Book Image

Java 9 Regular Expressions

By : Anubhava Srivastava
Book Image

Java 9 Regular Expressions

By: Anubhava Srivastava

Overview of this book

Regular expressions are a powerful tool in the programmer's toolbox and allow pattern matching. They are also used for manipulating text and data. This book will provide you with the know-how (and practical examples) to solve real-world problems using regex in Java. You will begin by discovering what regular expressions are and how they work with Java. This easy-to-follow guide is a great place from which to familiarize yourself with the core concepts of regular expressions and to master its implementation with the features of Java 9. You will learn how to match, extract, and transform text by matching specific words, characters, and patterns. You will learn when and where to apply the methods for finding patterns in digits, letters, Unicode characters, and string literals. Going forward, you will learn to use zero-length assertions and lookarounds, parsing the source code, and processing the log files. Finally, you will master tips, tricks, and best practices in regex with Java.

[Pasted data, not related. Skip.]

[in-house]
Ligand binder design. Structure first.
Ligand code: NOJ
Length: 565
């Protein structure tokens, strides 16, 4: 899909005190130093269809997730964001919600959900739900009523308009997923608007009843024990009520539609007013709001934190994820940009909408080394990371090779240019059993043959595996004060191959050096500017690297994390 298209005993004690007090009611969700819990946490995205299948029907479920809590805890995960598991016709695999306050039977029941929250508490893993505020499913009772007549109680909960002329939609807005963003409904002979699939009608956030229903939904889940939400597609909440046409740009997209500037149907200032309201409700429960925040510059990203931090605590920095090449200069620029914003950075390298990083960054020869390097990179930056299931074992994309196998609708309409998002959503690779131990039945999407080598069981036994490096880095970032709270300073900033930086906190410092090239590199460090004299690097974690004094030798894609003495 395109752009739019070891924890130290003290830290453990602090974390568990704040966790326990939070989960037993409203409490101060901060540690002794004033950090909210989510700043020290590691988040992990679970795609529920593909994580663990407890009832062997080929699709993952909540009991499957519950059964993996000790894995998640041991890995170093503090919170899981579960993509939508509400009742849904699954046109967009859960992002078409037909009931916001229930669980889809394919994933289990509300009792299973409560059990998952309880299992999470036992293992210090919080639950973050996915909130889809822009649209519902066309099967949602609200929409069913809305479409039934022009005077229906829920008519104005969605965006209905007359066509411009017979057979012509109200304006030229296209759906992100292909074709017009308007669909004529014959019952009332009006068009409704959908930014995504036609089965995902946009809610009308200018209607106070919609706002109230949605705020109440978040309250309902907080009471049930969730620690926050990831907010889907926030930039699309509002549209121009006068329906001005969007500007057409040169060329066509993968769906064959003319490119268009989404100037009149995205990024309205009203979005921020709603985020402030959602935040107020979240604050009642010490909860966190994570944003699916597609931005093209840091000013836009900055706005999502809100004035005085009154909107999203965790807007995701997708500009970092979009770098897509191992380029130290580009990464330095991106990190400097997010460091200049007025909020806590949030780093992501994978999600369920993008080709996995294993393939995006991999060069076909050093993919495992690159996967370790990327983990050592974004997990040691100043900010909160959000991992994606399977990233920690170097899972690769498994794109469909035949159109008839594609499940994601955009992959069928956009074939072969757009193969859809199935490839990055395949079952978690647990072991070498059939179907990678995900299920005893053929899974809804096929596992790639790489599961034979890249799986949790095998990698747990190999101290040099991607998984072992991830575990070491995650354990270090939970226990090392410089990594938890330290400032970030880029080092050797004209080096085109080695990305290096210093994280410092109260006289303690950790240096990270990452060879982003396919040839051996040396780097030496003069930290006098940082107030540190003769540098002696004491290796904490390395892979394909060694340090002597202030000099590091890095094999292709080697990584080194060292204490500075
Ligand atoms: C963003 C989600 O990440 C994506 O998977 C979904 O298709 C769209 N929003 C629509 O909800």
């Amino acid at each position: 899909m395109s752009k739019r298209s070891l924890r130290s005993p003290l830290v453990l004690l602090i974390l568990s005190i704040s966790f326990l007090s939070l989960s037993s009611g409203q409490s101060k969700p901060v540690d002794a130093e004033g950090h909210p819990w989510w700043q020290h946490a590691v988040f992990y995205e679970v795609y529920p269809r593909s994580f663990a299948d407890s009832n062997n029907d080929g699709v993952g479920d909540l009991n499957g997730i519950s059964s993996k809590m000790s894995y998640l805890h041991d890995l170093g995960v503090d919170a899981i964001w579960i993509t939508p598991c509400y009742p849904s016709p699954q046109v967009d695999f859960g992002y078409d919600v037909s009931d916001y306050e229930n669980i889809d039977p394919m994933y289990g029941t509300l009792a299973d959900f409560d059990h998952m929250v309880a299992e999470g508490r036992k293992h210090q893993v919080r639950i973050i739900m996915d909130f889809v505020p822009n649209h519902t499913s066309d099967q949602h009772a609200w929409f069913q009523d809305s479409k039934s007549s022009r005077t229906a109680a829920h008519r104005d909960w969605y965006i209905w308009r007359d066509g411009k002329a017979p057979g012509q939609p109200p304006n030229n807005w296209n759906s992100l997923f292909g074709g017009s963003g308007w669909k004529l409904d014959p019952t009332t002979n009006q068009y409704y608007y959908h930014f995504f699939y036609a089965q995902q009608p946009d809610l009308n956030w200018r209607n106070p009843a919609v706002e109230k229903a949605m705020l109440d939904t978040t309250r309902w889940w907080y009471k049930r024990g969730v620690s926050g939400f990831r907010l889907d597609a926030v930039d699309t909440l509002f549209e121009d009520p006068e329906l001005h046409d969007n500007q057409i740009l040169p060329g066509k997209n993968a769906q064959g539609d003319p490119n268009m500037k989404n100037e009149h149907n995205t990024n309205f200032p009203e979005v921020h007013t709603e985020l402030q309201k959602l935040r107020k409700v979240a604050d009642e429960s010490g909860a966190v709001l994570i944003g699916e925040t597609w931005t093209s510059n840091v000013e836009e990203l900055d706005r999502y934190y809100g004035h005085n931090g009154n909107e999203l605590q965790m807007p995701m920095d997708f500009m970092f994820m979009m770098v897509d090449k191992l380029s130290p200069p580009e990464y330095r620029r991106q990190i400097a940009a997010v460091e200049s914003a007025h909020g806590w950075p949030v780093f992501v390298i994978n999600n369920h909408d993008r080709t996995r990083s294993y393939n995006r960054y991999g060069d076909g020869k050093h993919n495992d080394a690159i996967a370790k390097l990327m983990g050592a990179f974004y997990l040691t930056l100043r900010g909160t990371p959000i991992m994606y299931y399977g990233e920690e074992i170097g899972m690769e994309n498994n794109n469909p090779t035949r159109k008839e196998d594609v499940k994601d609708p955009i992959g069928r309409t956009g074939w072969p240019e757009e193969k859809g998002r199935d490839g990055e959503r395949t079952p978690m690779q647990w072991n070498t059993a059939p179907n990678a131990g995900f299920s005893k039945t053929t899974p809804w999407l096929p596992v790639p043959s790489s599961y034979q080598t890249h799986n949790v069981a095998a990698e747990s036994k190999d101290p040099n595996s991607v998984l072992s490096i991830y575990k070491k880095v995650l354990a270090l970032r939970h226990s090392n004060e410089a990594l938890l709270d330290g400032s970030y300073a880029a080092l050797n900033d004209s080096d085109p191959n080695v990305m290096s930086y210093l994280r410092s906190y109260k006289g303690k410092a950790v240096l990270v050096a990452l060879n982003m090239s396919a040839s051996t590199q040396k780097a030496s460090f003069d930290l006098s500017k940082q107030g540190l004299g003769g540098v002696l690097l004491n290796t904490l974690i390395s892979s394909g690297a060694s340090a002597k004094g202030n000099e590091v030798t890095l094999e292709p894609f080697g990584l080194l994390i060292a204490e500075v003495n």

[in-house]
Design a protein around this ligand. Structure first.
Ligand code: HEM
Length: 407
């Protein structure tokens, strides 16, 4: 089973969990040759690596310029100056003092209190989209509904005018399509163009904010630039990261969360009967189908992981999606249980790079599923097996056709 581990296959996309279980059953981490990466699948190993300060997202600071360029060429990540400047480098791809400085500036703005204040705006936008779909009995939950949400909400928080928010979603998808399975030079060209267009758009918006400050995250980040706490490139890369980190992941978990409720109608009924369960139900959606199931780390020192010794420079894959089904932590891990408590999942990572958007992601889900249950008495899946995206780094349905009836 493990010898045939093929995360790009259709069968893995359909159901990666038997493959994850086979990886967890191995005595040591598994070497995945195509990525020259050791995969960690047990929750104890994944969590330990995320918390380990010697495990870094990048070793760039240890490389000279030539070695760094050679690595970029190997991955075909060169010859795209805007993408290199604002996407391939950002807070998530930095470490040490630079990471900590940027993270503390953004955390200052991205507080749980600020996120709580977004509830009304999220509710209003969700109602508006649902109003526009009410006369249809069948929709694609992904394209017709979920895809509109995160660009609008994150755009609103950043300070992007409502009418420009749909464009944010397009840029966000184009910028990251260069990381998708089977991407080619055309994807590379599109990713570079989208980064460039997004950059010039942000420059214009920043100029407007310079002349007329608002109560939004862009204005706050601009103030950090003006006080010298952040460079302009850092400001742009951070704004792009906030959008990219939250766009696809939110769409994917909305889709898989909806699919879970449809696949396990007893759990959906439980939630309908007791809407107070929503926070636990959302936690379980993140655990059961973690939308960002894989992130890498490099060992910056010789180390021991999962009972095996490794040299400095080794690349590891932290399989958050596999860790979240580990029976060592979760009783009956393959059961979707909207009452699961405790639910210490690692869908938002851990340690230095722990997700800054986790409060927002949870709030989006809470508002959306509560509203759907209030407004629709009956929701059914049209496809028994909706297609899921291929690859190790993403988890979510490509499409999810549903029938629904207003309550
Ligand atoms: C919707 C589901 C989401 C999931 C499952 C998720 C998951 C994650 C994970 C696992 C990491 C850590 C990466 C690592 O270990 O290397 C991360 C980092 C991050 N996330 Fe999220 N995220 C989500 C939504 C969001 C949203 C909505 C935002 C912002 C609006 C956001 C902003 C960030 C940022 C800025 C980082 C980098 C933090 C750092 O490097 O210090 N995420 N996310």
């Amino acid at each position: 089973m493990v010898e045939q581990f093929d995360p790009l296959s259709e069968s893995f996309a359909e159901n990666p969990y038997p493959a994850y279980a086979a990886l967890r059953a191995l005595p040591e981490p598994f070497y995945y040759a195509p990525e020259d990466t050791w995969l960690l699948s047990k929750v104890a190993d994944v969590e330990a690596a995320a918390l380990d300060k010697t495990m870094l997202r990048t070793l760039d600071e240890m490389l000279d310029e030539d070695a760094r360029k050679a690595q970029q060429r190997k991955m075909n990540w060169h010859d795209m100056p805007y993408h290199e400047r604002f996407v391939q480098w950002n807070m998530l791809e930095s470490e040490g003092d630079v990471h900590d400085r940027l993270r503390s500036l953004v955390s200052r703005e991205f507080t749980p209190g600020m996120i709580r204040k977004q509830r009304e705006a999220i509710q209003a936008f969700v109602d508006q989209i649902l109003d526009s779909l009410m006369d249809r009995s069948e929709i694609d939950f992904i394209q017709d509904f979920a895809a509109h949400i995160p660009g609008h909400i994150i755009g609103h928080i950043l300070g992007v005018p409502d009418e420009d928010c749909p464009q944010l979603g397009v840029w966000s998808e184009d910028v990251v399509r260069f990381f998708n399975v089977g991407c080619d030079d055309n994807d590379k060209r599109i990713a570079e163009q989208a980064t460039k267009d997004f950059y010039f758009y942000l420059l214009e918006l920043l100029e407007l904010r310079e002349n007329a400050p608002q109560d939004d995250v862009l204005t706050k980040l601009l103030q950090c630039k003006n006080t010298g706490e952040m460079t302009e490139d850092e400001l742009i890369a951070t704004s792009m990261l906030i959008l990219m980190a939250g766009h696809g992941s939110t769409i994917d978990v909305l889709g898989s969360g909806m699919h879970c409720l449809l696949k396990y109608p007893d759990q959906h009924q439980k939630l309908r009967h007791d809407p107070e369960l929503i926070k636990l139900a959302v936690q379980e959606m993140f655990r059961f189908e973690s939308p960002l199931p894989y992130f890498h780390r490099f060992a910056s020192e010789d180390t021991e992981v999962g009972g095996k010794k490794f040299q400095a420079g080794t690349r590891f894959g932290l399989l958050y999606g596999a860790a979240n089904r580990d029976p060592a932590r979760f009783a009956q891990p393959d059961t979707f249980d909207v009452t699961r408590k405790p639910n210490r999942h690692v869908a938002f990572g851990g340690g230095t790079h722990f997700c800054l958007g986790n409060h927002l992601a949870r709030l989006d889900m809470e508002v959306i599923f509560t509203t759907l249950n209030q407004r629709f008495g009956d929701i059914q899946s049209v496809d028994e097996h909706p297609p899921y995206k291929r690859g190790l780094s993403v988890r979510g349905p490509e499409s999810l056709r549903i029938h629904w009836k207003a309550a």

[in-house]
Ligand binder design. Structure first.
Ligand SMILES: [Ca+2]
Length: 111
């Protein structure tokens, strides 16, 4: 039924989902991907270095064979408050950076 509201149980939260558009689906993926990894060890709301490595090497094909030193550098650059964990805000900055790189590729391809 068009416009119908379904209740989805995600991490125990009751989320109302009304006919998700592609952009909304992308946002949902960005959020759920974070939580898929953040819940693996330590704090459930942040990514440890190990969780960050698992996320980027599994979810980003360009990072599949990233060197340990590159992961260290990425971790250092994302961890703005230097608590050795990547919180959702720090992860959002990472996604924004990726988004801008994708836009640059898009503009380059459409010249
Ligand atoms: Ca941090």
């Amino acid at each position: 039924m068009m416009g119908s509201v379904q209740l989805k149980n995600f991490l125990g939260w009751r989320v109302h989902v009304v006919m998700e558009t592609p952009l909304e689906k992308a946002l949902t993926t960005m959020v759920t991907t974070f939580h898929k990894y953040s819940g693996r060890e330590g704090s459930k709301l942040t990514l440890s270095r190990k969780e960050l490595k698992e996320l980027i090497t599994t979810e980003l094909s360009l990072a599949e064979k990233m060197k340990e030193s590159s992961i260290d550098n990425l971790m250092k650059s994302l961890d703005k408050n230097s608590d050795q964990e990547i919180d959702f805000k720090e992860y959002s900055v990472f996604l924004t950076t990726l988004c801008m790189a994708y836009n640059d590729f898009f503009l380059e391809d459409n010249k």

Table of Contents (15 chapters)
Title page
About the Author
About the Reviewer
Customer Feedback
Free Chapter
Getting Started with Regular Expressions

\G boundary assertion

\G is a zero-width assertion. It is also a boundary matcher that asserts positions at the end of the previous match or at the start of the string, such as the \A assertion for the very first match. The Java regex engine remembers the position of \G within the context of a Matcher instance. If Matcher is instantiated again or is reset, then the position of \G is also initialized to the start of the string.

For example, consider the following input:


Consider that we need to replace every comma that occurs only at the start of the input with a hyphen so that we have the same number of hyphens as the number of commas at the start. Our final output should be the following:


We cannot just do replaceAll by matching each comma, since that will also replace the comma after 123 and 45, and moreover, we want the same number of hyphens as the number of commas in the input string.

For cases like this, we can use the \G assertion and use this Java code snippet...